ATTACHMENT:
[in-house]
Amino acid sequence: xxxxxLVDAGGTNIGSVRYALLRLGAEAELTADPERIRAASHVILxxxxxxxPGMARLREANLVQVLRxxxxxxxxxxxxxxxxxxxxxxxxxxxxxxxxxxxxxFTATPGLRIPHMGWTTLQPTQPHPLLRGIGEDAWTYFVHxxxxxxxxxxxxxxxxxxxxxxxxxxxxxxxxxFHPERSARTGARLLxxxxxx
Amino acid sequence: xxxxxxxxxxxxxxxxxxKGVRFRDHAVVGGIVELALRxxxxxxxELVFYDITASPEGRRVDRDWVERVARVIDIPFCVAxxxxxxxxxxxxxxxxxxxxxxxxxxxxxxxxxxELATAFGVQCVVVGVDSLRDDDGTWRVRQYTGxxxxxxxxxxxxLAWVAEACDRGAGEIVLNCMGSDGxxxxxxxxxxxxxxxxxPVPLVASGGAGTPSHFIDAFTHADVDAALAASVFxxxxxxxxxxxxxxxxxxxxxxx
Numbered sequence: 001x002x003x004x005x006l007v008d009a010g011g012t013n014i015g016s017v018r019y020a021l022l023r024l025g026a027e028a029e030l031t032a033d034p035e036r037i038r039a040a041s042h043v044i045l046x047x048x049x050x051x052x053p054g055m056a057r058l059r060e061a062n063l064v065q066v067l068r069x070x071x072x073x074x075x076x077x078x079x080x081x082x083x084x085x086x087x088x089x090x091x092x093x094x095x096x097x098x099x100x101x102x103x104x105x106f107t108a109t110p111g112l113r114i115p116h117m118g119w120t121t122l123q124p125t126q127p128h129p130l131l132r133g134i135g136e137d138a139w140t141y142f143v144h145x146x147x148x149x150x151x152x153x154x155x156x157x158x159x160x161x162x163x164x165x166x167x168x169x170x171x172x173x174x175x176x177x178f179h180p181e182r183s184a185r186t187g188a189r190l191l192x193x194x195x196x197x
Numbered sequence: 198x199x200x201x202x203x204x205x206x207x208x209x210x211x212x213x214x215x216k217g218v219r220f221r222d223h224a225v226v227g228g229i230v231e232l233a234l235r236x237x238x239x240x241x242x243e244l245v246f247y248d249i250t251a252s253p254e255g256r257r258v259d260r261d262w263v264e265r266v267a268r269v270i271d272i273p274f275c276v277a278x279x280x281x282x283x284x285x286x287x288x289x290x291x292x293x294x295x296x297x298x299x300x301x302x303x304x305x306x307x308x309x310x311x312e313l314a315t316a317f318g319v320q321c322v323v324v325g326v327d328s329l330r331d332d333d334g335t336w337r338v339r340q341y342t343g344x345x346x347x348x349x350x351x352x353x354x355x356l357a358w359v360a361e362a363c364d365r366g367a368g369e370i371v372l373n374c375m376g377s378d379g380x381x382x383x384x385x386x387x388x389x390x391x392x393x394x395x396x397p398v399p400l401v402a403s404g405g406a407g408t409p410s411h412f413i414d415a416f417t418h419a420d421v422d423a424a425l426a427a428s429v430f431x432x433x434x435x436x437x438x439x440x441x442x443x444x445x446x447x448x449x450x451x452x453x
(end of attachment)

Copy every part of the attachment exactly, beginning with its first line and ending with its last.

[in-house]
Amino acid sequence: xxxxxLVDAGGTNIGSVRYALLRLGAEAELTADPERIRAASHVILxxxxxxxPGMARLREANLVQVLRxxxxxxxxxxxxxxxxxxxxxxxxxxxxxxxxxxxxxFTATPGLRIPHMGWTTLQPTQPHPLLRGIGEDAWTYFVHxxxxxxxxxxxxxxxxxxxxxxxxxxxxxxxxxFHPERSARTGARLLxxxxxx
Amino acid sequence: xxxxxxxxxxxxxxxxxxKGVRFRDHAVVGGIVELALRxxxxxxxELVFYDITASPEGRRVDRDWVERVARVIDIPFCVAxxxxxxxxxxxxxxxxxxxxxxxxxxxxxxxxxxELATAFGVQCVVVGVDSLRDDDGTWRVRQYTGxxxxxxxxxxxxLAWVAEACDRGAGEIVLNCMGSDGxxxxxxxxxxxxxxxxxPVPLVASGGAGTPSHFIDAFTHADVDAALAASVFxxxxxxxxxxxxxxxxxxxxxxx
Numbered sequence: 001x002x003x004x005x006l007v008d009a010g011g012t013n014i015g016s017v018r019y020a021l022l023r024l025g026a027e028a029e030l031t032a033d034p035e036r037i038r039a040a041s042h043v044i045l046x047x048x049x050x051x052x053p054g055m056a057r058l059r060e061a062n063l064v065q066v067l068r069x070x071x072x073x074x075x076x077x078x079x080x081x082x083x084x085x086x087x088x089x090x091x092x093x094x095x096x097x098x099x100x101x102x103x104x105x106f107t108a109t110p111g112l113r114i115p116h117m118g119w120t121t122l123q124p125t126q127p128h129p130l131l132r133g134i135g136e137d138a139w140t141y142f143v144h145x146x147x148x149x150x151x152x153x154x155x156x157x158x159x160x161x162x163x164x165x166x167x168x169x170x171x172x173x174x175x176x177x178f179h180p181e182r183s184a185r186t187g188a189r190l191l192x193x194x195x196x197x
Numbered sequence: 198x199x200x201x202x203x204x205x206x207x208x209x210x211x212x213x214x215x216k217g218v219r220f221r222d223h224a225v226v227g228g229i230v231e232l233a234l235r236x237x238x239x240x241x242x243e244l245v246f247y248d249i250t251a252s253p254e255g256r257r258v259d260r261d262w263v264e265r266v267a268r269v270i271d272i273p274f275c276v277a278x279x280x281x282x283x284x285x286x287x288x289x290x291x292x293x294x295x296x297x298x299x300x301x302x303x304x305x306x307x308x309x310x311x312e313l314a315t316a317f318g319v320q321c322v323v324v325g326v327d328s329l330r331d332d333d334g335t336w337r338v339r340q341y342t343g344x345x346x347x348x349x350x351x352x353x354x355x356l357a358w359v360a361e362a363c364d365r366g367a368g369e370i371v372l373n374c375m376g377s378d379g380x381x382x383x384x385x386x387x388x389x390x391x392x393x394x395x396x397p398v399p400l401v402a403s404g405g406a407g408t409p410s411h412f413i414d415a416f417t418h419a420d421v422d423a424a425l426a427a428s429v430f431x432x433x434x435x436x437x438x439x440x441x442x443x444x445x446x447x448x449x450x451x452x453x